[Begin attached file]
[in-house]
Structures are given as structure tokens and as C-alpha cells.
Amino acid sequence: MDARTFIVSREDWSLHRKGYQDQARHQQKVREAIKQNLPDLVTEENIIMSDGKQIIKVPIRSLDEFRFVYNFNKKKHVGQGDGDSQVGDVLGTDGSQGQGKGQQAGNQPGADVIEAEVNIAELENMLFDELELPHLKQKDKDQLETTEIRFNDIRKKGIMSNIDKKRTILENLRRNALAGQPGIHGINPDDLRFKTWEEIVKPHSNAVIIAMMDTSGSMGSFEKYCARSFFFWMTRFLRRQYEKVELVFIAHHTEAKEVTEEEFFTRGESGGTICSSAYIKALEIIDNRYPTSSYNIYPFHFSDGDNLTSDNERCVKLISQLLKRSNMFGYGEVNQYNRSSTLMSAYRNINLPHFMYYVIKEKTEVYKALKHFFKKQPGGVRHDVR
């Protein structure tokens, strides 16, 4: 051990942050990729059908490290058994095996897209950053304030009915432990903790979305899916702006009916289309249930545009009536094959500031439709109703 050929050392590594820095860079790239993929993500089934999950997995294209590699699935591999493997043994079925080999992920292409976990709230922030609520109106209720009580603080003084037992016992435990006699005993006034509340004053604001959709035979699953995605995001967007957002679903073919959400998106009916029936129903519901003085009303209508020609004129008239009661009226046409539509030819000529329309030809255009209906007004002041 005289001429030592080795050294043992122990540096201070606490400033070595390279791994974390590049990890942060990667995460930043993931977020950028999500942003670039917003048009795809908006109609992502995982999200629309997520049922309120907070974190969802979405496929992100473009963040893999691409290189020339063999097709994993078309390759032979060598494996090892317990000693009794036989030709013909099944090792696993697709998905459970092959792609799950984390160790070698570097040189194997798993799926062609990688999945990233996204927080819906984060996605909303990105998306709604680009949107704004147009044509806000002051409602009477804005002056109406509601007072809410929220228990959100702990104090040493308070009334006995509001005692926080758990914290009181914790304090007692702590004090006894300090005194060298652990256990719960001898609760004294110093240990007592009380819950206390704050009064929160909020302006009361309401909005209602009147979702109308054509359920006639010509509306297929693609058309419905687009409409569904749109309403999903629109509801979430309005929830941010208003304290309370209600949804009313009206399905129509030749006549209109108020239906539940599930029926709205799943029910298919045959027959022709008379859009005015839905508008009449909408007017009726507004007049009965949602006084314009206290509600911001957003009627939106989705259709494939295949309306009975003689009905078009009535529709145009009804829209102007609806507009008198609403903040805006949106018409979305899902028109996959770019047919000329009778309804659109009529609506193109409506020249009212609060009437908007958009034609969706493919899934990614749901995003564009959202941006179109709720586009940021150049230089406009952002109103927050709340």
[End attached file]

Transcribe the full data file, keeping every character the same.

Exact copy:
[in-house]
Structures are given as structure tokens and as C-alpha cells.
Amino acid sequence: MDARTFIVSREDWSLHRKGYQDQARHQQKVREAIKQNLPDLVTEENIIMSDGKQIIKVPIRSLDEFRFVYNFNKKKHVGQGDGDSQVGDVLGTDGSQGQGKGQQAGNQPGADVIEAEVNIAELENMLFDELELPHLKQKDKDQLETTEIRFNDIRKKGIMSNIDKKRTILENLRRNALAGQPGIHGINPDDLRFKTWEEIVKPHSNAVIIAMMDTSGSMGSFEKYCARSFFFWMTRFLRRQYEKVELVFIAHHTEAKEVTEEEFFTRGESGGTICSSAYIKALEIIDNRYPTSSYNIYPFHFSDGDNLTSDNERCVKLISQLLKRSNMFGYGEVNQYNRSSTLMSAYRNINLPHFMYYVIKEKTEVYKALKHFFKKQPGGVRHDVR
């Protein structure tokens, strides 16, 4: 051990942050990729059908490290058994095996897209950053304030009915432990903790979305899916702006009916289309249930545009009536094959500031439709109703 050929050392590594820095860079790239993929993500089934999950997995294209590699699935591999493997043994079925080999992920292409976990709230922030609520109106209720009580603080003084037992016992435990006699005993006034509340004053604001959709035979699953995605995001967007957002679903073919959400998106009916029936129903519901003085009303209508020609004129008239009661009226046409539509030819000529329309030809255009209906007004002041 005289001429030592080795050294043992122990540096201070606490400033070595390279791994974390590049990890942060990667995460930043993931977020950028999500942003670039917003048009795809908006109609992502995982999200629309997520049922309120907070974190969802979405496929992100473009963040893999691409290189020339063999097709994993078309390759032979060598494996090892317990000693009794036989030709013909099944090792696993697709998905459970092959792609799950984390160790070698570097040189194997798993799926062609990688999945990233996204927080819906984060996605909303990105998306709604680009949107704004147009044509806000002051409602009477804005002056109406509601007072809410929220228990959100702990104090040493308070009334006995509001005692926080758990914290009181914790304090007692702590004090006894300090005194060298652990256990719960001898609760004294110093240990007592009380819950206390704050009064929160909020302006009361309401909005209602009147979702109308054509359920006639010509509306297929693609058309419905687009409409569904749109309403999903629109509801979430309005929830941010208003304290309370209600949804009313009206399905129509030749006549209109108020239906539940599930029926709205799943029910298919045959027959022709008379859009005015839905508008009449909408007017009726507004007049009965949602006084314009206290509600911001957003009627939106989705259709494939295949309306009975003689009905078009009535529709145009009804829209102007609806507009008198609403903040805006949106018409979305899902028109996959770019047919000329009778309804659109009529609506193109409506020249009212609060009437908007958009034609969706493919899934990614749901995003564009959202941006179109709720586009940021150049230089406009952002109103927050709340």